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Depositions roll in Qwest suit
The civil fraud case against former execs had been idle during Joe Nacchio's appeals.
By Andy Vuong
Denver Post
Thursday, March 12, 2009

Lee Wolfe.  Greg Casey.  Robin Szeliga.

The one-time Qwest officials helped the government land a criminal insider-trading conviction against former chief executive Joe Nacchio, providing key testimony at his trial in 2007.

They've resurfaced, this time in a 4-year-old civil fraud lawsuit against five other former Qwest executives and employees, including Nacchio.

A ruling in December allowed the defendants in the civil case to interview Wolfe, Casey and Szeliga against the objections of the Justice Department.  The government wanted to delay their depositions until after an appeals court ruled on Nacchio's conviction.

"At some point it is fundamentally unfair to suggest as months go by, as recollections become fuzzier and fuzzier, these defendants should have to sit on the sidelines," Magistrate Judge Craig Shaffer said at a Dec. 9 hearing, according to a transcript.

The decision allowed the oft-delayed case to proceed, though it is still at least a year away from going to trial, if at all.  The ruling also provided Nacchio ammunition for his latest bid for a new trial on the insider-trading conviction.

The defendants in the civil case are Nacchio, former president Afshin Mohebbi, former chief financial officer Robert Woodruff and former accountants Frank Noyes and James Kozlowski.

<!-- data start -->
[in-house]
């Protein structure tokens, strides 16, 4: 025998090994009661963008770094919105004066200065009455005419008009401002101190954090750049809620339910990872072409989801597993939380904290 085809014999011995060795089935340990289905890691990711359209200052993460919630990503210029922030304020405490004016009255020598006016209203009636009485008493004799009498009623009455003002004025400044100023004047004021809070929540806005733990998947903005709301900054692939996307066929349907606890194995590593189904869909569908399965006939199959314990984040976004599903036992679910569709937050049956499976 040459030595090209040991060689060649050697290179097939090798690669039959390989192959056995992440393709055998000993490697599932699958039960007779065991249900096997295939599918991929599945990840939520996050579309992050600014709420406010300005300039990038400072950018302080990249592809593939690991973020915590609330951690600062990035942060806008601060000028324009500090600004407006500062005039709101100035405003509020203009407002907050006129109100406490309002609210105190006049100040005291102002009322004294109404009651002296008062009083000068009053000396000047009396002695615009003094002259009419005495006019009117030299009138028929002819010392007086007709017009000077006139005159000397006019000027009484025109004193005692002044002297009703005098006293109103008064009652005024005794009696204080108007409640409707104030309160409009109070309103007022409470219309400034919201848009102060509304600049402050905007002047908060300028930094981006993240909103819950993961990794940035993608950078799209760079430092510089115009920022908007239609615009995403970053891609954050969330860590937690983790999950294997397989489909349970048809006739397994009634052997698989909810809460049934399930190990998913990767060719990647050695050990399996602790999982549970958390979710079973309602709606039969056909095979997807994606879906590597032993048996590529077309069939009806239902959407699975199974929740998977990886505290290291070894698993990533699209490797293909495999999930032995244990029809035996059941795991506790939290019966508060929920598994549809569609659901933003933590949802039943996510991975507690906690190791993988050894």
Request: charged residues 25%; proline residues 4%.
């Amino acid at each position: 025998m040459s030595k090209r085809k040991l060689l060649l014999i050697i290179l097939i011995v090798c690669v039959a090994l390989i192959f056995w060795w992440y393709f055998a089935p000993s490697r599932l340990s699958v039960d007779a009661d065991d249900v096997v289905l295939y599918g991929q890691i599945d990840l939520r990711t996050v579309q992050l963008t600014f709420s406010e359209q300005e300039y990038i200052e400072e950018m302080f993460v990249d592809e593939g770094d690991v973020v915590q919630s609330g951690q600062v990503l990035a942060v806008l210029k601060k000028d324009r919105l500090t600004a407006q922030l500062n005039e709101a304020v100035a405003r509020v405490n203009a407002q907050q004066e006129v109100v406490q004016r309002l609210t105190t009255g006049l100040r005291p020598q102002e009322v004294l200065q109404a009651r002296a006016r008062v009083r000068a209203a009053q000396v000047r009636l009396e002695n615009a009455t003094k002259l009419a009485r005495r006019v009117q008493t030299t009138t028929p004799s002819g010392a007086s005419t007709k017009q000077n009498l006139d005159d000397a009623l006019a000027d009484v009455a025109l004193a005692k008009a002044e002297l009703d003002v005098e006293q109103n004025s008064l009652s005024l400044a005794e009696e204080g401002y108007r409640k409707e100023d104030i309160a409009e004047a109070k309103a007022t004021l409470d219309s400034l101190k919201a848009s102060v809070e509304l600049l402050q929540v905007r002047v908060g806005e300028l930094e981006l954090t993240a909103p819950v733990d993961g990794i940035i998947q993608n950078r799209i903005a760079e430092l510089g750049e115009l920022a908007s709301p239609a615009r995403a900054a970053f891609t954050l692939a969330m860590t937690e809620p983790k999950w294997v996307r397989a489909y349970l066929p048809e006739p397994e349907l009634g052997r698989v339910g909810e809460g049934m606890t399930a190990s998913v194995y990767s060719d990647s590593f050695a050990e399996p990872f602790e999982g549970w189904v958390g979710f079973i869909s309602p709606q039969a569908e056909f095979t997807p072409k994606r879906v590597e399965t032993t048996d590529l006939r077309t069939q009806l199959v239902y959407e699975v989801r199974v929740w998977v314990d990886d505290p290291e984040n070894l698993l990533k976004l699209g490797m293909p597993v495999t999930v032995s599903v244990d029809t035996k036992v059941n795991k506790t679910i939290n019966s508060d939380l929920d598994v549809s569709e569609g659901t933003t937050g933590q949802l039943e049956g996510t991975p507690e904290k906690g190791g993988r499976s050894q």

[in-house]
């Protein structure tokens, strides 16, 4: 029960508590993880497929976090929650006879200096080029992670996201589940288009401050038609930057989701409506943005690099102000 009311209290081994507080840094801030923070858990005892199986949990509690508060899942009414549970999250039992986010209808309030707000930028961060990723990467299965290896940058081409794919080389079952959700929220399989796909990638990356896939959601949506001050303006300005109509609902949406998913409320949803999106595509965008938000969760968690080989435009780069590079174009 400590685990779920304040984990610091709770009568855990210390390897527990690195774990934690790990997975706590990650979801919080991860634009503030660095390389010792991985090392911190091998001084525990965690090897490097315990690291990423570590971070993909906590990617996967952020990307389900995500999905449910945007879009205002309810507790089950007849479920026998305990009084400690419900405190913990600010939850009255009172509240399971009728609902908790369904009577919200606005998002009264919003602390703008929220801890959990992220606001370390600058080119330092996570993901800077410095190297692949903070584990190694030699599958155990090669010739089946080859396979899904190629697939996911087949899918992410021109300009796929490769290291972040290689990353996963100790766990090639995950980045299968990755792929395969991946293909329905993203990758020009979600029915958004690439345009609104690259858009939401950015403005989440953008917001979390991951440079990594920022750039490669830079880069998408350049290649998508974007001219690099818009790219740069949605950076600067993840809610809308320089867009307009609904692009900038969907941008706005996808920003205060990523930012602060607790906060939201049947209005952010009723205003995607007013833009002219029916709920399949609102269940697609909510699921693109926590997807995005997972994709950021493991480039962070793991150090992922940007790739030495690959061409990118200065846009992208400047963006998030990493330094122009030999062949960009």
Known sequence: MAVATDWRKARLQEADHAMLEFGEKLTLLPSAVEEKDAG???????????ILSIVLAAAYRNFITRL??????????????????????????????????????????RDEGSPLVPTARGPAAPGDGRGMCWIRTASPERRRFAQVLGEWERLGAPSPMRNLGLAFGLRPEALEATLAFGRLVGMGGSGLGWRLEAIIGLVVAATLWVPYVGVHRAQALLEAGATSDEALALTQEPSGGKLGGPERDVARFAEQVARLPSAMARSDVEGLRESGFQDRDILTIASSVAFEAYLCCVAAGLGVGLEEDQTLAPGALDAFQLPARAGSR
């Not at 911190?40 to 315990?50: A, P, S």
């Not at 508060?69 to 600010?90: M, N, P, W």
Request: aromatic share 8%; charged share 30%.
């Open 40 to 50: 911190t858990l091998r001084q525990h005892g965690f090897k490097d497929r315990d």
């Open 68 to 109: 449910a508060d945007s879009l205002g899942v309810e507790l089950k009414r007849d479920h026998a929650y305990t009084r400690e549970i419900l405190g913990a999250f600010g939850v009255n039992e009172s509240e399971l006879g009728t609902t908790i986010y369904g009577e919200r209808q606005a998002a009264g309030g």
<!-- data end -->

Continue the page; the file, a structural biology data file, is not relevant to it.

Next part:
The Securities and Exchange Commission accuses them of fraudulently boosting Qwest's revenue by $3 billion from 1999 to 2002 and is seeking repayment of stock-sale profits and, in some cases, salaries.

Szeliga, Wolfe and Casey were interviewed by defense attorneys last month, according to Kozlowski's attorney, Kevin Evans.

Szeliga, a former chief financial officer who resides in the metro area, was interviewed in Denver.  Wolfe, a former investor-relations director, flew from his home in New Jersey to Denver for questioning.  Casey, a former wholesale-sales chief, was deposed at his attorney's office in Washington.

About 50 to 60 people have been interviewed in the civil case as part of an evidence- gathering process called discovery.

"What's happened in discovery as far as my client is concerned is pretty powerful," Evans said.

Evans said he plans to move for dismissal of the case against Kozlowski in June, the deadline for such a request.

The depositions haven't been made public.

Nacchio was convicted on 19 counts of insider trading connected to his sale of $52 million in Qwest stock in early 2001 and sentenced to six years in prison.

The 10th Circuit Court of Appeals affirmed Nacchio's conviction and revoked his bail last month. On Wednesday, Nacchio asked a U.S. District Court in Denver to continue the bail pending his petition to the Supreme Court.

Andy Vuong: 303-954-1209 or

What's to come

  Depositions of key witnesses were conducted in February.

  Reports on potential expert witnesses are due in April.

  Summary judgment papers are due in June.

  Motion to dismiss by defendants is still pending.

  The earliest the case will go to trial is 2010, if at all.